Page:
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Park Chung HeeGregg A. Brazinky
Park Chung Hee was the single most influential figure in South Korean politics during the twentieth century.
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Park Chung Hee (1917-1979)
Park Chung Hee was the single most influential figure in South Korean politics during the twentieth century. He ruled the Republic of Korea from 1961 to 1979, leading the country through a period of rapid economic development and transforming South Korean society. At the same time, Park left a highly controversial legacy due to the highly authoritarian manner in which he governed.
Park was born in 1917 into a poor yangban family but he was ambitious and eager to seize whatever opportunities could be found while South Korea remained under Japanese colonial rule. Park attended a teacher’s college and worked briefly as an elementary school before deciding to pursue a military career. Park first passed the test for the Japanese-run Manchurian Military Academy. His talents as an officer were swiftly recognized and he was one of the few Koreans allowed to attend the Japanese Imperial Military Academy near Tokyo. He was subsequently posted to a Japanese Army regiment in Manchuria and served there until Japan’s surrender at the end of World War II.
Park returned to South Korea when it was still under American occupation. He was one of the first members of the constabulary, an indigenous military force supervised by the U.S. Army Military Government in Korea. Park’s political orientation during this period was unclear, however. He was known to be close to some members of the Korean Worker’s Party who had infiltrated the constabulary. In 1948, Park was nearly executed after an attempted mutiny in the organization led to a purge of leftists from its ranks. The future president’s superior officers pleaded with the Rhee government to spare his life on the basis of his strong potential as a military officer.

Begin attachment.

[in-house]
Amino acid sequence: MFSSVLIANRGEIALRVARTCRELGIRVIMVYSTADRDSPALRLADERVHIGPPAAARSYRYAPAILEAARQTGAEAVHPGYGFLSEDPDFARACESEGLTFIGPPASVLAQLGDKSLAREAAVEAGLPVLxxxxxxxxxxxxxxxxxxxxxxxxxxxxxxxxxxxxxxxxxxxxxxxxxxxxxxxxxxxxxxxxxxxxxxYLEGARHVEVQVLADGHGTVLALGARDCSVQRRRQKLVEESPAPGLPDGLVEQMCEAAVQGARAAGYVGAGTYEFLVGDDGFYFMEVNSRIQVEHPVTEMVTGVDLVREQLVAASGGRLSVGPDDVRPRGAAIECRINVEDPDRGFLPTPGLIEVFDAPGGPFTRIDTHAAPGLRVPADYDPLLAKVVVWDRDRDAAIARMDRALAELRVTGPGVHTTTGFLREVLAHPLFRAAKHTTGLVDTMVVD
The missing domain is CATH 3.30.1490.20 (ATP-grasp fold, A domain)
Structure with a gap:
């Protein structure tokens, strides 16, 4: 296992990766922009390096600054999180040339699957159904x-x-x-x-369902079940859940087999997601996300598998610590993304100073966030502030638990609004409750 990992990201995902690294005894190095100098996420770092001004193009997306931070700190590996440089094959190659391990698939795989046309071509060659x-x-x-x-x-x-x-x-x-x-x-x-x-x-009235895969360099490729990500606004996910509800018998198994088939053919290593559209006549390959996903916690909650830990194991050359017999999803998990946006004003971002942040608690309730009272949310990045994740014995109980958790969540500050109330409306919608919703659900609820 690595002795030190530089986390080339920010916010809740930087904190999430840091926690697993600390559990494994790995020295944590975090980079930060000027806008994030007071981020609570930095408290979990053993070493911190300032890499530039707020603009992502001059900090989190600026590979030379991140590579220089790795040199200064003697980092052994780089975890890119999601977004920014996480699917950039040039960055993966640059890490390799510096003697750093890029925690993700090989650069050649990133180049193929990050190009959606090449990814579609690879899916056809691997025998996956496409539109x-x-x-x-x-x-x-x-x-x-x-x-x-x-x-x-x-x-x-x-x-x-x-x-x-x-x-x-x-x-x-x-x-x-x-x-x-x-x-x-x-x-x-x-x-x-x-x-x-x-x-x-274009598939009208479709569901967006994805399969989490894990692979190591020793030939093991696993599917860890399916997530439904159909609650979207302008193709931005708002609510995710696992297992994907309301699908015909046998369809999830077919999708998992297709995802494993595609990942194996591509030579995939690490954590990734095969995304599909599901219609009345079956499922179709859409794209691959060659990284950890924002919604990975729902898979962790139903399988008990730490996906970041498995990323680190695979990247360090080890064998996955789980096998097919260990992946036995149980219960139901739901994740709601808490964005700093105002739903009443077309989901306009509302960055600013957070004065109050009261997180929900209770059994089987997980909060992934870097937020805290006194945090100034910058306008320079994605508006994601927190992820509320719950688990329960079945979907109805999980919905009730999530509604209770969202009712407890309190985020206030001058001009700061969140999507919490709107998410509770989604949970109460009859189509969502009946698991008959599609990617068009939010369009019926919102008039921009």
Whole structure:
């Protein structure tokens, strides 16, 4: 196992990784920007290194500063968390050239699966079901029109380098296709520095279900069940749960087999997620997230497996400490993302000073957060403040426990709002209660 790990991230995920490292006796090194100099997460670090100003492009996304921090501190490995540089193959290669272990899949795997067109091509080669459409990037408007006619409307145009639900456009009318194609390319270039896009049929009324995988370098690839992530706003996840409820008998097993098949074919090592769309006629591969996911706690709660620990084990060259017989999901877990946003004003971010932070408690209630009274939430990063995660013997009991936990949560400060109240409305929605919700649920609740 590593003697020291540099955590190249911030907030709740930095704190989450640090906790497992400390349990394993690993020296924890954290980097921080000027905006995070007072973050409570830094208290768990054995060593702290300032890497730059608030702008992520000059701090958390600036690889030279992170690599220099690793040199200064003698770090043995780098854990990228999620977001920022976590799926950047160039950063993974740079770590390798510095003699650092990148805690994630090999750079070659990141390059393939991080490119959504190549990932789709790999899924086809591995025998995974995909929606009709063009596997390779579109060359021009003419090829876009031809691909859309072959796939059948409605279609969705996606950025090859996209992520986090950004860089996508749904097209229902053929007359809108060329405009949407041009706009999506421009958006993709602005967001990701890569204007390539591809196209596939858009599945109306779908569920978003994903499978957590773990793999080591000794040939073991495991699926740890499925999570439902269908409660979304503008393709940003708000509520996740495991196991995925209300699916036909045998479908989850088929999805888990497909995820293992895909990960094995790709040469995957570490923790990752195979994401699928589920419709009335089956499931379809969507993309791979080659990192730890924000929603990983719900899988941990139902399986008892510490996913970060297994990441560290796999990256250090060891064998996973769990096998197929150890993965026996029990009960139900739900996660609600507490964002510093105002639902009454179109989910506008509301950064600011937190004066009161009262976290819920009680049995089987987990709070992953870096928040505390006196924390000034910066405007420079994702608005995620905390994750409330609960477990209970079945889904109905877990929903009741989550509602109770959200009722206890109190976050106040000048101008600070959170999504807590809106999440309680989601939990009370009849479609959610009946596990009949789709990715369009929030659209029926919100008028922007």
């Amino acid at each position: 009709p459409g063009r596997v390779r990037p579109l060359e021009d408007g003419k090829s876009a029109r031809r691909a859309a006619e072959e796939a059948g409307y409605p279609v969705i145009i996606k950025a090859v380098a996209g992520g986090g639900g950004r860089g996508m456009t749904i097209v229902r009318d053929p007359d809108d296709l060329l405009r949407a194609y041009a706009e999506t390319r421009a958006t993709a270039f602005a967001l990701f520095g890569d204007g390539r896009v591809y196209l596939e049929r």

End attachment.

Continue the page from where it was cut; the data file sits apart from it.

Park proved both his potential and his loyalty to the ROK during the Korean War. After the war began he was reinstated as an active service officer in the South Korean Army and gradually rose in its ranks. By the time the war ended Park had been appointed a brigadier general and earned a reputation as one of the most promising young officers in the army.
Like some of the other young officers in the ROK Army during the 1950s, Park felt some measure of frustration with civilian rule. Syngman Rhee, who dominated South Korean politics until 1960, was an aging autocrat whose corrupt government did little to raise living standards or improve the South Korean economy. Chang Myon, who became prime minister in 1960 after a student-led uprising led to Rhee’s ouster, had difficulty controlling the forces that had put him in power. Disorder prevailed and the ROK’s economic situation did not improve.
Frustrated with the prevailing situation in South Korea, Park conspired with other military officers to form a junta, which came to be known as the Military Revolutionary Committee, and began planning a coup. Park’s committee seized power on 16 May 1961 and shortly thereafter announced the formation of the Supreme Council for National Reconstruction (SCNR), of which Park was the chairman.
Park would remain in control of South Korean politics until 1979. His tenure in power can generally be divided into three phases. During the first phase, which lasted until 1963, Park governed through the SCNR. Under pressure from the United States, Park allowed a presidential election in 1963 in which he managed to narrowly defeat his opponent. Between 1963 and 1972, Park governed South Korea through a government that was formally democratic but limited dissent and participation. In 1972, however, Park suddenly decided to abandon democratic institutions, abolished the South Korean constitution and announced the establishment of Yusin—a new system of harsh, authoritarian rule.